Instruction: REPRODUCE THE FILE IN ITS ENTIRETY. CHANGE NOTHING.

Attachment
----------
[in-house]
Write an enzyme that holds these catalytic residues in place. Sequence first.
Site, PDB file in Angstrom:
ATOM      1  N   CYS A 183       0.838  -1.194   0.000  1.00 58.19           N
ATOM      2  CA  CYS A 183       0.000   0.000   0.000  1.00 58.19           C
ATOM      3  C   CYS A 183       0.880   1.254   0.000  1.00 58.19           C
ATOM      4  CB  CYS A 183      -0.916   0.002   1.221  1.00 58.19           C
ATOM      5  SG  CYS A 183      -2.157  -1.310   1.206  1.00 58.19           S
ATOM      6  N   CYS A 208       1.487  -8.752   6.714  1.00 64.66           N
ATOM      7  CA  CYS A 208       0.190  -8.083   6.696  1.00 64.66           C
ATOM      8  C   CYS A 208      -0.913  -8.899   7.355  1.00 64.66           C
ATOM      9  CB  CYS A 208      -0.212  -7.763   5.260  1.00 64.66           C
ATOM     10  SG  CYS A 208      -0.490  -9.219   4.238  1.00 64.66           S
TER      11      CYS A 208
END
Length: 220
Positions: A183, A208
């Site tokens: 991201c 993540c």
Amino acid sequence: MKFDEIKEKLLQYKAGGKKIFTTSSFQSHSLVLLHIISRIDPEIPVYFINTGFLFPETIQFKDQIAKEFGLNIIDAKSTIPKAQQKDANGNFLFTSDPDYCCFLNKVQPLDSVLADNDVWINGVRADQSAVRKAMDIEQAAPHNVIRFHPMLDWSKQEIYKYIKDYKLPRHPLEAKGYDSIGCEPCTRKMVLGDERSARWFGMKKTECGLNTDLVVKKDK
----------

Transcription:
[in-house]
Write an enzyme that holds these catalytic residues in place. Sequence first.
Site, PDB file in Angstrom:
ATOM      1  N   CYS A 183       0.838  -1.194   0.000  1.00 58.19           N
ATOM      2  CA  CYS A 183       0.000   0.000   0.000  1.00 58.19           C
ATOM      3  C   CYS A 183       0.880   1.254   0.000  1.00 58.19           C
ATOM      4  CB  CYS A 183      -0.916   0.002   1.221  1.00 58.19           C
ATOM      5  SG  CYS A 183      -2.157  -1.310   1.206  1.00 58.19           S
ATOM      6  N   CYS A 208       1.487  -8.752   6.714  1.00 64.66           N
ATOM      7  CA  CYS A 208       0.190  -8.083   6.696  1.00 64.66           C
ATOM      8  C   CYS A 208      -0.913  -8.899   7.355  1.00 64.66           C
ATOM      9  CB  CYS A 208      -0.212  -7.763   5.260  1.00 64.66           C
ATOM     10  SG  CYS A 208      -0.490  -9.219   4.238  1.00 64.66           S
TER      11      CYS A 208
END
Length: 220
Positions: A183, A208
């Site tokens: 991201c 993540c």
Amino acid sequence: MKFDEIKEKLLQYKAGGKKIFTTSSFQSHSLVLLHIISRIDPEIPVYFINTGFLFPETIQFKDQIAKEFGLNIIDAKSTIPKAQQKDANGNFLFTSDPDYCCFLNKVQPLDSVLADNDVWINGVRADQSAVRKAMDIEQAAPHNVIRFHPMLDWSKQEIYKYIKDYKLPRHPLEAKGYDSIGCEPCTRKMVLGDERSARWFGMKKTECGLNTDLVVKKDK